## Box Plots and Spreadsheets

One of my classes has been exploring box plots and data landmarks lately. Earlier in the year the class created histograms and found data landmarks on line plots. Box plots was not as easy as a transition as anticipated. There were a few roadblocks as students analyzed and created their own box plots while determining Q1 and Q3. Some students picked up on the concept quickly while others took more time. To help reinforce the concept I thought about bringing in a spreadsheet activity. I have been using spreadsheets quite a bit this year and it has been another medium in which students can experience statistics.

Students were first asked to create a question that they would be asking the class. The numbers could range between 1-51. I gave students free rein on what questions to ask and held my breath.. Here were a couple of the survey questions:

• What is your favorite number between 1-51?
• How many hours of sleep do you get per night?
• On a scale of 1-50, what do you rate a cheese burger?
• How many movies have you watched this year?
• On a scales of 1-50, how well do you like dogs?
• How many digits of pi can you recite?

Once students created questions they went around and surveyed everyone in the class. I gave each student a roster list so they could check-off who answered This took a good chuck on time – 10-15 minutes. Once the data was collected students grabbed a Chromebook and copied a spreadsheet that I had pre-populated.

It was interesting to hear the conversations that students had as they compared the data to the box plot. The class had a discussion about interquartile range and variability. It was time well spent. From there, students shared their spreadsheets with me and I took a closer look to see how the data matched and if the correct formulas were in the appropriate places. Students seemed to grasp the concept fairly well. Feel free to use a copy of the spreadsheet by clicking here.

During the next day the class reviewed box plots and the spreadsheets that were created earlier. Students then complete the Desmos task Two Truths and a Lie. This is one of my favorite tasks for students to discuss box plots and use math vocabulary while doing so.

The spreadsheet and Desmos task took about 2-3 days to complete. The class took a unit assessment on Friday and I will be checking out how they did over the weekend. I put these two activities in a digital folder for next year.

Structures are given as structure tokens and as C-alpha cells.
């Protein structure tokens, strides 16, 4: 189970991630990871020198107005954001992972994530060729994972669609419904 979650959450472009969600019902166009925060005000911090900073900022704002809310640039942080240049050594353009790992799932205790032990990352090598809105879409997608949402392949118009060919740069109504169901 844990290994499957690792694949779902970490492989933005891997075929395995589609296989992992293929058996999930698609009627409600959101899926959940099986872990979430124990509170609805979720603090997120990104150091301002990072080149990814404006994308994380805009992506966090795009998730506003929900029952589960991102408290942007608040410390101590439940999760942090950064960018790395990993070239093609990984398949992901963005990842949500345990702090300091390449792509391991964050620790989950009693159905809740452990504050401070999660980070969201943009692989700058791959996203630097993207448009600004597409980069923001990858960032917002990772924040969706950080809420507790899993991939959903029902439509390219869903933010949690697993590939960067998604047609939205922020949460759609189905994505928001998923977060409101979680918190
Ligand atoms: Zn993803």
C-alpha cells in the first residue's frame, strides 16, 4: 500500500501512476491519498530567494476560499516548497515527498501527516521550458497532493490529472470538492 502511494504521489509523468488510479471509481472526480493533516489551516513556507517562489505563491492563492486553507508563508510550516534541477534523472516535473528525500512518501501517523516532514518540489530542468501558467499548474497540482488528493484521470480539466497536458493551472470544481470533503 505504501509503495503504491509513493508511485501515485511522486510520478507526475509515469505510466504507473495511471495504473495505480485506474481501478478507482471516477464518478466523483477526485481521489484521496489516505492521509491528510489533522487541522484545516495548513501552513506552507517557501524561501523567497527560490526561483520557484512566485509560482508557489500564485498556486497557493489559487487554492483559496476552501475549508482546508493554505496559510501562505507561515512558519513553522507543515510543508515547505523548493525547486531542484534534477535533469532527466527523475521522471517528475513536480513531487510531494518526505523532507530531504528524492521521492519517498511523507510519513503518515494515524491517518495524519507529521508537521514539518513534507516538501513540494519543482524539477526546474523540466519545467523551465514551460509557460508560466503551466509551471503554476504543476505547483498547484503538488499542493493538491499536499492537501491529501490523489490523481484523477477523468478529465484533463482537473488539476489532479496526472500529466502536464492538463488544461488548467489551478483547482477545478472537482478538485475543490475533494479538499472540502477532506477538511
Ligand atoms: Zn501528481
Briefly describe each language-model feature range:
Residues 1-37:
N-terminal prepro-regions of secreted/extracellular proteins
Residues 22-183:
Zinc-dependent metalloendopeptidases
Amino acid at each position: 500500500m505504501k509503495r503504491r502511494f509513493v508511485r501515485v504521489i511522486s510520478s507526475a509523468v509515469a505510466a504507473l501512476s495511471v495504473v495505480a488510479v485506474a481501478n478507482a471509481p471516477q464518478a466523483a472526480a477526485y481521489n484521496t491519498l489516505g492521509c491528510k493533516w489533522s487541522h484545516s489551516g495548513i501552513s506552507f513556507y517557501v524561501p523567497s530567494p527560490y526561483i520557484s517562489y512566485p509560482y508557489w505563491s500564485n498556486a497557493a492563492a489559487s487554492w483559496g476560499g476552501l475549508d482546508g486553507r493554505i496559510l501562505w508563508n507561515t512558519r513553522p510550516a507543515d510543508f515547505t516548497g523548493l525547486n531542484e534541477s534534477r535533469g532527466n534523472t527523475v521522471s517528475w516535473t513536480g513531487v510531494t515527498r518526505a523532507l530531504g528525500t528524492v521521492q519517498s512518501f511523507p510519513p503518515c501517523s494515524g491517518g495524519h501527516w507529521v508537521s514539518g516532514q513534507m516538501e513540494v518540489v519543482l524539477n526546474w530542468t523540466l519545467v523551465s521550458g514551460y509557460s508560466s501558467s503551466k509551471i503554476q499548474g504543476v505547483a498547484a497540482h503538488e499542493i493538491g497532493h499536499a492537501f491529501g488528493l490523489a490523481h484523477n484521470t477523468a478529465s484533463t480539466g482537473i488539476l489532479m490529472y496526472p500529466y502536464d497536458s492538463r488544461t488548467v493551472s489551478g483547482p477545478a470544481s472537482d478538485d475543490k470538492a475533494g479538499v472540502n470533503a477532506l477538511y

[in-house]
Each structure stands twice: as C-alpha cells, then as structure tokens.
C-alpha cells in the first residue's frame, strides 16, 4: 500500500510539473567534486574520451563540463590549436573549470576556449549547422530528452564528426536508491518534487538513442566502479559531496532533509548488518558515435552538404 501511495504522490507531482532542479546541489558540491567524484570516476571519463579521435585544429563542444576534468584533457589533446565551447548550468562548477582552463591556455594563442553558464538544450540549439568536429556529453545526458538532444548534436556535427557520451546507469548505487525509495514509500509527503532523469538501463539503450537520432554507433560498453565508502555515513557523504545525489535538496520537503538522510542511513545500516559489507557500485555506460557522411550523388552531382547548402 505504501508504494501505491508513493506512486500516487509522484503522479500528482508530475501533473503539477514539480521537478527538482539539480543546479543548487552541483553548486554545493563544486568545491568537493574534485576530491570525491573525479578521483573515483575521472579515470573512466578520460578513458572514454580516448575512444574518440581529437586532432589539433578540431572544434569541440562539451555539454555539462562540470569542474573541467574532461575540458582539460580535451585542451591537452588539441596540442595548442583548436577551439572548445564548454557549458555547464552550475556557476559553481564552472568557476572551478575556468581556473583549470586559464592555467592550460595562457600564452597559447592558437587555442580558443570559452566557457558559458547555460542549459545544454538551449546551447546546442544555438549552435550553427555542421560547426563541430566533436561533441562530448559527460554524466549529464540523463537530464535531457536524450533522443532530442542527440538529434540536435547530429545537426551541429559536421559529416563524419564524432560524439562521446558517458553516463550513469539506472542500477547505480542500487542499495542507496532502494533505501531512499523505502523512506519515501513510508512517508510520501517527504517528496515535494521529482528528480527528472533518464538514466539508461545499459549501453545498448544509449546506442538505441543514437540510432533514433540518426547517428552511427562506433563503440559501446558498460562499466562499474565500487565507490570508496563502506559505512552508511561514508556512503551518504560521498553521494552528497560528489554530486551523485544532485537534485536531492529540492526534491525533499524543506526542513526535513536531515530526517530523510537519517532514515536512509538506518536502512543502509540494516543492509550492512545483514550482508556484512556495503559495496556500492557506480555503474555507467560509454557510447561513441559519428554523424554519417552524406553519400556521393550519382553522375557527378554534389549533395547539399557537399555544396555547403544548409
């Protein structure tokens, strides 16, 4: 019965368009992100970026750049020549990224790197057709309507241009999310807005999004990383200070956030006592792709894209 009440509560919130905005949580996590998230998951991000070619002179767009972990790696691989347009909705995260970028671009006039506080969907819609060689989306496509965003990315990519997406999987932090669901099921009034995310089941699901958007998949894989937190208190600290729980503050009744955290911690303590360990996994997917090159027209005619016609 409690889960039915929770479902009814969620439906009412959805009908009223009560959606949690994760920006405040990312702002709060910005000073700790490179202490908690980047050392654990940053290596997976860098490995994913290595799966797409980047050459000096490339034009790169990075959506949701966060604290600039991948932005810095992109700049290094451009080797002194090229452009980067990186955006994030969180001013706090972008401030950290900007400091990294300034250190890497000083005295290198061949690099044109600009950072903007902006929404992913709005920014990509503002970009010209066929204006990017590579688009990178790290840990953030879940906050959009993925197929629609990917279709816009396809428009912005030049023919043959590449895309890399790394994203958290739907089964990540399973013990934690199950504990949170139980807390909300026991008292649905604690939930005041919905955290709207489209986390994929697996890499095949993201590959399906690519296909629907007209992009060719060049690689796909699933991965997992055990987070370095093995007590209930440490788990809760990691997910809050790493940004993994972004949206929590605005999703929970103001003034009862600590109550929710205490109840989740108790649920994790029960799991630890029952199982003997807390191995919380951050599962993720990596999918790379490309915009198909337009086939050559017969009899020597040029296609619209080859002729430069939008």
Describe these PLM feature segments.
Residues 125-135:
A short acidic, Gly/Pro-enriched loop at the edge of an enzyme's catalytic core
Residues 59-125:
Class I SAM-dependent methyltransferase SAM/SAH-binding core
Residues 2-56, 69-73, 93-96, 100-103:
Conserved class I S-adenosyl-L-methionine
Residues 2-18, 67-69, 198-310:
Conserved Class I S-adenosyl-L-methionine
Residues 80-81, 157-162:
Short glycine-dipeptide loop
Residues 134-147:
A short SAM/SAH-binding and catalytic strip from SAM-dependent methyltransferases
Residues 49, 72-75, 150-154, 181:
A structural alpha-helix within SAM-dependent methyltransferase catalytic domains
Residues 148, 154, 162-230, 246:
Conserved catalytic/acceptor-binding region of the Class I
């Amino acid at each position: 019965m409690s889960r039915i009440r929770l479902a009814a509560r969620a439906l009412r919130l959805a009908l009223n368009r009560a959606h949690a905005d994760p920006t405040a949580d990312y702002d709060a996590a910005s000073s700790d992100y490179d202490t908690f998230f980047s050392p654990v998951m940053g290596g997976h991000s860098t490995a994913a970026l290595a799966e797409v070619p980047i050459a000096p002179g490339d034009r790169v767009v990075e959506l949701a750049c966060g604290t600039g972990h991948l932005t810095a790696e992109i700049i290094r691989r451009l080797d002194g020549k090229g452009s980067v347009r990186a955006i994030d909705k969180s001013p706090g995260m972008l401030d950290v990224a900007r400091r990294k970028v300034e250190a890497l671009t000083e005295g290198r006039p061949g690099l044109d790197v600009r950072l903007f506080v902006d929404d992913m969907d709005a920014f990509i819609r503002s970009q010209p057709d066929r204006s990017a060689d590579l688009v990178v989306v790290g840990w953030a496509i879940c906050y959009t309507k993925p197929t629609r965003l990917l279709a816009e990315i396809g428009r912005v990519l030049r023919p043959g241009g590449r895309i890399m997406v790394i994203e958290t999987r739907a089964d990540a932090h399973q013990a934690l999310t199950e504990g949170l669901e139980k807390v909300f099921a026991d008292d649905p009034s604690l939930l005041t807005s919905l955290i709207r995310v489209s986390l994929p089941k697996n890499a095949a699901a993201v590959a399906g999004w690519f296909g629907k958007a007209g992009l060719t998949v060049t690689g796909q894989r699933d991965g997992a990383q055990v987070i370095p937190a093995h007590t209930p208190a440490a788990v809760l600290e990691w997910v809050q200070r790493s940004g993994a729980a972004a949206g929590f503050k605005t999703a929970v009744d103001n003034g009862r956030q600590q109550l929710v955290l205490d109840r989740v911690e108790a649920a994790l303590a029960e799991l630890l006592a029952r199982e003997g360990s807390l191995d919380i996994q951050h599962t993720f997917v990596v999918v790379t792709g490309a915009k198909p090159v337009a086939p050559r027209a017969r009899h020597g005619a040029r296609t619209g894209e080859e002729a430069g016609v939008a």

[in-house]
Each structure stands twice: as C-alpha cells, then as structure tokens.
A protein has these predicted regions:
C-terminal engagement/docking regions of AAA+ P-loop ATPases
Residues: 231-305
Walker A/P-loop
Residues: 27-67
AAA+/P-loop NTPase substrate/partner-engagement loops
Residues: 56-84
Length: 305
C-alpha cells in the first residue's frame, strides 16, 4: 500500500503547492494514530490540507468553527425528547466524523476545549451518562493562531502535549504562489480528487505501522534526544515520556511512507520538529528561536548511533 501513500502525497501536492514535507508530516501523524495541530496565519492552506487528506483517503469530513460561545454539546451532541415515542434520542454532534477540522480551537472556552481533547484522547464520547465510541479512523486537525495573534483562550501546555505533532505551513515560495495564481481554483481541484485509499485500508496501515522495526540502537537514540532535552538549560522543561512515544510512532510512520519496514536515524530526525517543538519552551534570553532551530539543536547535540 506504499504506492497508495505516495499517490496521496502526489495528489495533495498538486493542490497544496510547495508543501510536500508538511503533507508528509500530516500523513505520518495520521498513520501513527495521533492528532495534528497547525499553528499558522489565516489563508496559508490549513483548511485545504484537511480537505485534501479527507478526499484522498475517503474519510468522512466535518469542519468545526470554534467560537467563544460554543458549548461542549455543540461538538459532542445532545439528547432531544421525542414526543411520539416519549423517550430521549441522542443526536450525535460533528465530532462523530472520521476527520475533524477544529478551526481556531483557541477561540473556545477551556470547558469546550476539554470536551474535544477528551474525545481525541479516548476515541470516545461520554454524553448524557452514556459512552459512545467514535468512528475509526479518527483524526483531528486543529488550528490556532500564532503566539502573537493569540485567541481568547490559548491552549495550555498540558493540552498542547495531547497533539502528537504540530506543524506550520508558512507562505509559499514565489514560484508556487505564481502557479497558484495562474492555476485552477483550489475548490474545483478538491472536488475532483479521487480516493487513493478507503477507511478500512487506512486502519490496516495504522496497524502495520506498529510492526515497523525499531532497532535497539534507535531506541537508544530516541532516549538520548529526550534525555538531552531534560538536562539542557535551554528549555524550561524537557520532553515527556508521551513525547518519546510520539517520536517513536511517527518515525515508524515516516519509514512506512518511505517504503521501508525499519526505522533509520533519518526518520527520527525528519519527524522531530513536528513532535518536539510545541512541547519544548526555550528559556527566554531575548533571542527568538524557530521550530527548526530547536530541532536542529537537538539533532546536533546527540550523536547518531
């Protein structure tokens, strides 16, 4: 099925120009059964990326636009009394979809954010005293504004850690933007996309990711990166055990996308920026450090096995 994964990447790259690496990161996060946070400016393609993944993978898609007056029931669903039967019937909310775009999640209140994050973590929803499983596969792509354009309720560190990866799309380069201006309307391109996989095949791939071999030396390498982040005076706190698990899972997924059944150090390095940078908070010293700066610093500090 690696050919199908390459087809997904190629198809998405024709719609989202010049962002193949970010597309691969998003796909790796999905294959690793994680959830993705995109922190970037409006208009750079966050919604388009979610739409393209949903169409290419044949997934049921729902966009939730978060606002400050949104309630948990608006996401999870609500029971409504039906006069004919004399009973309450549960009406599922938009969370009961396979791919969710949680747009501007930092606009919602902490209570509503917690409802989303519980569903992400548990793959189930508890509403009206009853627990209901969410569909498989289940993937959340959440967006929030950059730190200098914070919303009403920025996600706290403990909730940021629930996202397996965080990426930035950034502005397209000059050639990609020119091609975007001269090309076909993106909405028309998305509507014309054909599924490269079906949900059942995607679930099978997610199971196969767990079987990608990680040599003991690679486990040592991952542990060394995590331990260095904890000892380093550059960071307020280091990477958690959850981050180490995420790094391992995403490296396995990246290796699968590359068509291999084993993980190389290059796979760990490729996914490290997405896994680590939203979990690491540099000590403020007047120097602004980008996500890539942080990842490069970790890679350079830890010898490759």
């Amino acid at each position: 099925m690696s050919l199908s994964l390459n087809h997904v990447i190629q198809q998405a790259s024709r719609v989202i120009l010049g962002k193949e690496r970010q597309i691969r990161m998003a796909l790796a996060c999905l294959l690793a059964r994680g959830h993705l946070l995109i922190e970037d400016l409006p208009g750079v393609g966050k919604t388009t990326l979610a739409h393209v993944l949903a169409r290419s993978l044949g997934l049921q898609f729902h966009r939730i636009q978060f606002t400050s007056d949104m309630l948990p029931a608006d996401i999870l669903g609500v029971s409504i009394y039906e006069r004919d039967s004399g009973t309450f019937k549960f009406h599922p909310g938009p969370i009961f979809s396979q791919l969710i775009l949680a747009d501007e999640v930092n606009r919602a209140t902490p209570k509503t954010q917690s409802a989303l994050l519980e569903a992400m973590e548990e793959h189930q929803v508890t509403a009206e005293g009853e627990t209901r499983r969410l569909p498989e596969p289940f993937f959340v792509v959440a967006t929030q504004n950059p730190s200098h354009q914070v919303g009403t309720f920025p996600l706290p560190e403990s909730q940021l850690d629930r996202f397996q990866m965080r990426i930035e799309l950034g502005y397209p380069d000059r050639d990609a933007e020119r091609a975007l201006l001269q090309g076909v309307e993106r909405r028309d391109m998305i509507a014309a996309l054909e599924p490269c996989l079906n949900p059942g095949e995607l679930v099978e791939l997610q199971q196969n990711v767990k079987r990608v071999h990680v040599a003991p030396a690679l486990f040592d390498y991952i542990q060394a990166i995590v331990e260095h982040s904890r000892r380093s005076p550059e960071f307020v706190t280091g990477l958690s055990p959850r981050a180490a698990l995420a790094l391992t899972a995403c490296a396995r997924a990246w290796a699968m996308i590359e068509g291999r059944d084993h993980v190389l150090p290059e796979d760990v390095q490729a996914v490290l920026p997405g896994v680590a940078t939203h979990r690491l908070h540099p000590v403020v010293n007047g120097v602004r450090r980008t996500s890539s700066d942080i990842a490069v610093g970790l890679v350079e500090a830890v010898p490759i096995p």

## Data Landmarks and Context

One of my classes is working on a unit related to data displays and number systems. Around a week ago the class was putting together sets of numbers to match data landmarks.  This was a challenge as students had to think differently.  The class was also asked which data landmark better represents a student’s performance.   I was meaning to write a post then, but a number of things came up and it never happened.  Fast forward a week and here we are.

Students were given two sets of scores from two different students.

Jack’s scores:  85, 81, 78, 100, 84, 89

Sonja’s scores:  55, 87, 91, 92, 68, 93

Students were asked to find the median and mean for each student.  For the most part, students were able to identify both of these landmarks.  Here comes the kicker … now students needed to determine which landmark better represents each student’s performance, mean or median?  This was a challenging prompt for a couple reasons.

• Students weren’t accustomed to using the word represent in this context.  Students were taking the view that the students should get the higher grade and that would be the mean or median. They explained that the student should receive the higher grade because they (the person) is a hard worker and deserves to be rewarded with the highest score.
• Students thought of the word represents as the typical score.  When discussing the mean earlier in the year the word typical would often come up as a synonym.
• Students looked at the last score as the most recent and thought that should be the final representation.  My school is heading in the direction of standards-based grading so that’s maybe why students took that approach.  I don’t know.
• Students looked at the lowest and highest score of each set of data and reviewed the range to help them pick the median or mean

After struggling a bit, the class came together and we discussed a few possible solutions.  The class agreed that the question allows a lot of room for interpretation and context certainly matters.  The fruitful conversation brought about a change in perspective for some as students started to see this type of math differently than just numbers sprawled across a page.  The numbers had meaning and the context drives the answer.

A little later in the week students were asked the following prompt:

If you were the teacher in Jack and Sonja’s class, would you use the median or the mean to calculate students’ grades?  Explain.

This was a bit confusing at first, but students made progress in understanding the context and how it helped determine which landmark to use.  Again, I had answers related to the teacher wanting to give the higher score to help students with confidence.  Other students used the data landmarks to find the average.  I felt like students were more comfortable using the average as they could say that they used every data point, therefore making sure all assignments counted for something.

I’m looking forward to next week as we dive into histograms.